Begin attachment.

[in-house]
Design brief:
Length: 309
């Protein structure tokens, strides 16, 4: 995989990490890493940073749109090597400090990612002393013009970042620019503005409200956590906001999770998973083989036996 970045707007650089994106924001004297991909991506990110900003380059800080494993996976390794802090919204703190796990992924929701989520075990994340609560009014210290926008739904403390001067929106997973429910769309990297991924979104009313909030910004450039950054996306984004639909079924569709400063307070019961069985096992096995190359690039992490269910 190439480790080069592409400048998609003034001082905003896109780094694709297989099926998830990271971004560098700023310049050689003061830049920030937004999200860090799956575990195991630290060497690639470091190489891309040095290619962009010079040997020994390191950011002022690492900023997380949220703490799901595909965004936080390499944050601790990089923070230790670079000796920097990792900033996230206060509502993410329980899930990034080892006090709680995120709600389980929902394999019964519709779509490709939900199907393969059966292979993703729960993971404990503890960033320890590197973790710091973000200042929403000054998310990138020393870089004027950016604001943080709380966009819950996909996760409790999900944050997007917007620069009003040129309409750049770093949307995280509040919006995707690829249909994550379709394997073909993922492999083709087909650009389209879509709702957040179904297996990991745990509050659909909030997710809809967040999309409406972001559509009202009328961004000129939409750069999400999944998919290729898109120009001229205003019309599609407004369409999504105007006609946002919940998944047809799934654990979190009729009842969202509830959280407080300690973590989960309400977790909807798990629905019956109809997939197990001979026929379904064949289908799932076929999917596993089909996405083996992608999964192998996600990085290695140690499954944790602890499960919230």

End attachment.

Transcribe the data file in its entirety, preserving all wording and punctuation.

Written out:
[in-house]
Design brief:
Length: 309
């Protein structure tokens, strides 16, 4: 995989990490890493940073749109090597400090990612002393013009970042620019503005409200956590906001999770998973083989036996 970045707007650089994106924001004297991909991506990110900003380059800080494993996976390794802090919204703190796990992924929701989520075990994340609560009014210290926008739904403390001067929106997973429910769309990297991924979104009313909030910004450039950054996306984004639909079924569709400063307070019961069985096992096995190359690039992490269910 190439480790080069592409400048998609003034001082905003896109780094694709297989099926998830990271971004560098700023310049050689003061830049920030937004999200860090799956575990195991630290060497690639470091190489891309040095290619962009010079040997020994390191950011002022690492900023997380949220703490799901595909965004936080390499944050601790990089923070230790670079000796920097990792900033996230206060509502993410329980899930990034080892006090709680995120709600389980929902394999019964519709779509490709939900199907393969059966292979993703729960993971404990503890960033320890590197973790710091973000200042929403000054998310990138020393870089004027950016604001943080709380966009819950996909996760409790999900944050997007917007620069009003040129309409750049770093949307995280509040919006995707690829249909994550379709394997073909993922492999083709087909650009389209879509709702957040179904297996990991745990509050659909909030997710809809967040999309409406972001559509009202009328961004000129939409750069999400999944998919290729898109120009001229205003019309599609407004369409999504105007006609946002919940998944047809799934654990979190009729009842969202509830959280407080300690973590989960309400977790909807798990629905019956109809997939197990001979026929379904064949289908799932076929999917596993089909996405083996992608999964192998996600990085290695140690499954944790602890499960919230």